In the last entry, I explained how we found out we had three embryos that had made it to blastocyst stage. Therefore, they were biopsied for genetic testing and frozen. (I should mention that this type of genetic testing was much different than what we had done before. At TFC, our embabies were biopsied on day 3, and results were received before a transfer on day 5. At CCRM, our embabies were not biopsied until they reached the blastocyst stage on day 5, 6, or 7, – days 6 & 7 for us – so we didn't receive the results until weeks later. Hence the reason we chose a frozen transfer this time instead of a fresh transfer. But I digress...)
Well, one day shy of two weeks later (nothing in infertility happens that fast), we received the call. However, I didn’t have my phone on me at work. Are you kidding?! I sat back down at my desk – and phone – and didn’t even check to see that I had a missed call. Several minutes later, Dr. Schoolcraft’s office called. I was so excited. I answered to hear the scheduler tell me that I needed to set a meeting for a regroup with Dr. Schoolcraft. Now, keep in mind that I had no idea the nurse had already called with the genetic test results. I immediately started quizzing her.
“Is this good news or bad news?”
“Does he always do a regroup with patients that have chromosomally normal embryos?”
“Would he be doing a regroup with us if there were no embryos left?”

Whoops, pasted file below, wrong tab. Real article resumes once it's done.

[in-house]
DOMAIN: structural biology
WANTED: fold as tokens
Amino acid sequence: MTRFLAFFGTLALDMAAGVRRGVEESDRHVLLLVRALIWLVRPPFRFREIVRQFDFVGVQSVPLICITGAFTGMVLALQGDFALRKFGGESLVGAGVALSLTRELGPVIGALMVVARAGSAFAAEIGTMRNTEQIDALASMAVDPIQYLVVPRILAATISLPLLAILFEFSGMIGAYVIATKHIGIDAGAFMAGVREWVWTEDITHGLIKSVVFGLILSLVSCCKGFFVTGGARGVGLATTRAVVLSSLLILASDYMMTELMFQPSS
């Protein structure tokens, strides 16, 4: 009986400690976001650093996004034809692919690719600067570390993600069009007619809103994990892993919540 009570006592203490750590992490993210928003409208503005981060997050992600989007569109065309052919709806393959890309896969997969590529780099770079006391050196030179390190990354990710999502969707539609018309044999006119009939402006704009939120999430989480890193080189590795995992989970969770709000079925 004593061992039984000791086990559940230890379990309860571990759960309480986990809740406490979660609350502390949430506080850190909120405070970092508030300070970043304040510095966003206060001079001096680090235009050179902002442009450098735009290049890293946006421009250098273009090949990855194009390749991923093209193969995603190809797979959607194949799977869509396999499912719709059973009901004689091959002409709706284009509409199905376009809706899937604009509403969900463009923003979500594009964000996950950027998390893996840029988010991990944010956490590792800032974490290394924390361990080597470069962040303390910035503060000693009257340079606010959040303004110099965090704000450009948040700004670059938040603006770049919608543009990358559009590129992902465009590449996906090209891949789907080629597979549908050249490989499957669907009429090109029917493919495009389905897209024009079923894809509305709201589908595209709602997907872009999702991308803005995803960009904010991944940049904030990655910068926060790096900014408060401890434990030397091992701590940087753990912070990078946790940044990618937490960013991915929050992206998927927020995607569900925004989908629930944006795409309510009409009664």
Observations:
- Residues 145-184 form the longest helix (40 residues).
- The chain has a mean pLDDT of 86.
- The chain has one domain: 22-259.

“When will I hear something?!”
As you can imagine, she was very confused and told me the nurse should be contacting me soon.
“Soon?! How soon?”
I hung up the phone and went to call Todd when I realized there was a missed call and voicemail from CCRM. My heart stopped, and I’m pretty sure I stopped breathing, as well. We had been so nervous that none of the embryos would be chromosomally normal. I checked the voicemail and found our nurse telling me that she had the results and to call her when I had a moment to speak.
“Phone tag?! She wants to play phone tag at a time like this? Was she a sadist?”
I called her direct line, and left her a message. I called the nurse’s line, and left her a message. I called the front desk and asked them to walk to the back and hand her a phone. They didn’t. I know, it was a surprise to me, too. Instead, they returned to tell me she was with a patient and would return my call soon.
“Soon?! How soon?”
I waited, and I waited, and I waited, and I waited. It was the longest few hours of my life. I couldn’t believe she didn’t want to give me these results as bad as I wanted to hear them. Maybe she thought "that’s what you get for not taking your phone to the restroom."
Finally, she called back. And confirmed all of our fears. We do make a lot of chromosomally abnormal embryos, but we also make a small percentage of normal embryos. Out of our three embryos that were biopsied and frozen, we had one embryo remaining. One more shot with one more embryo to make one more baby.
I was overwhelmed with relief and disappointment. I tend to have those mixed emotions a lot on this journey. We could finally breathe, knowing it wasn’t all over just yet. It was if God was telling us that we were silly to ever worry. Of course He was always in control.